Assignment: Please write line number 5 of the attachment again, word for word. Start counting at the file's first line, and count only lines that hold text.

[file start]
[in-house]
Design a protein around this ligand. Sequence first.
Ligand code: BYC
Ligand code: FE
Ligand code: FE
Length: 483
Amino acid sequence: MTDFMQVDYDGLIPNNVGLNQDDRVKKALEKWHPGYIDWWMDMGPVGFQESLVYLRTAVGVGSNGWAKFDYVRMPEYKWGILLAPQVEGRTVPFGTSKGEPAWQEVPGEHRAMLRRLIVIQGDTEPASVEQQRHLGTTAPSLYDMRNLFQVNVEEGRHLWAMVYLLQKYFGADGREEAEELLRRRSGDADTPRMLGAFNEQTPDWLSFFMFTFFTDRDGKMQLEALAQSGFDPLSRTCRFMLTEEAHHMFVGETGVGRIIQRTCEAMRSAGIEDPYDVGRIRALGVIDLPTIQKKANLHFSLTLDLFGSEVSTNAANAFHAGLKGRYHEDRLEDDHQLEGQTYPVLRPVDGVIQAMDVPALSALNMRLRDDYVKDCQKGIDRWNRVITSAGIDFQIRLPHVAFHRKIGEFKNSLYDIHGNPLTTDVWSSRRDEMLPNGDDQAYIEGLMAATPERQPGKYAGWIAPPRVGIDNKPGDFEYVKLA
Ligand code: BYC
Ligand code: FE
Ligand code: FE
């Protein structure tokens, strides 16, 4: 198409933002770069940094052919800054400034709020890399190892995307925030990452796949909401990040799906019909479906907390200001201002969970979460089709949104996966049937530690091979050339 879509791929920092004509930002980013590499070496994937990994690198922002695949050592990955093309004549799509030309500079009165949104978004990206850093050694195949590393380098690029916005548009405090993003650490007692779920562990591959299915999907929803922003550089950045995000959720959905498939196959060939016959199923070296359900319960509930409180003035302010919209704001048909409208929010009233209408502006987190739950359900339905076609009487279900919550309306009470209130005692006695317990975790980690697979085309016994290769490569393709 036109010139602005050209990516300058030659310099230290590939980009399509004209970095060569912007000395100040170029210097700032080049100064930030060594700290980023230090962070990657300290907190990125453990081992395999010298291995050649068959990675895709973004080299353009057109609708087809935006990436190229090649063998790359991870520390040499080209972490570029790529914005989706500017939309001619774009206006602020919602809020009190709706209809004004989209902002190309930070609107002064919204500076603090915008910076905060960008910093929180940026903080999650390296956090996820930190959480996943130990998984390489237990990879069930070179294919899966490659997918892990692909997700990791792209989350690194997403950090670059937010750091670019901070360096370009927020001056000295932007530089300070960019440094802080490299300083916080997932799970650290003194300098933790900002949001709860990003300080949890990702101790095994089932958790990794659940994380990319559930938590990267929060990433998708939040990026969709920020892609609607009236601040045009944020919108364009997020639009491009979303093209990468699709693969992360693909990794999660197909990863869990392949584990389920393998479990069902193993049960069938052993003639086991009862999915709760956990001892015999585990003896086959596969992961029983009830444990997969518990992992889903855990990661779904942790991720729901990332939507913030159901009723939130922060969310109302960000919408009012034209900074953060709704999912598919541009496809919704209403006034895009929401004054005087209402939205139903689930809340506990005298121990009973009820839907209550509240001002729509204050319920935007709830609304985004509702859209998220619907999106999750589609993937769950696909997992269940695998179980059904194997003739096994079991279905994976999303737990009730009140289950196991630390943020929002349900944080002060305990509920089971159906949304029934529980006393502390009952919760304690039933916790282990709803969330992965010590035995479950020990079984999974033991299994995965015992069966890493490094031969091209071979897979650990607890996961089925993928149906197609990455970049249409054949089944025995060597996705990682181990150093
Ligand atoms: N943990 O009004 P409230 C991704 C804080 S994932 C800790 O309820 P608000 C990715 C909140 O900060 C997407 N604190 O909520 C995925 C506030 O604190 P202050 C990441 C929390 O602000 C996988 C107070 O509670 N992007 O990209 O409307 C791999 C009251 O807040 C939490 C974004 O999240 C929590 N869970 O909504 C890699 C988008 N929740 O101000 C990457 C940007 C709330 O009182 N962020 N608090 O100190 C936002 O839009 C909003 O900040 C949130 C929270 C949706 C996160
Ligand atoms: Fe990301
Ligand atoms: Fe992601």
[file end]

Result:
Ligand code: FE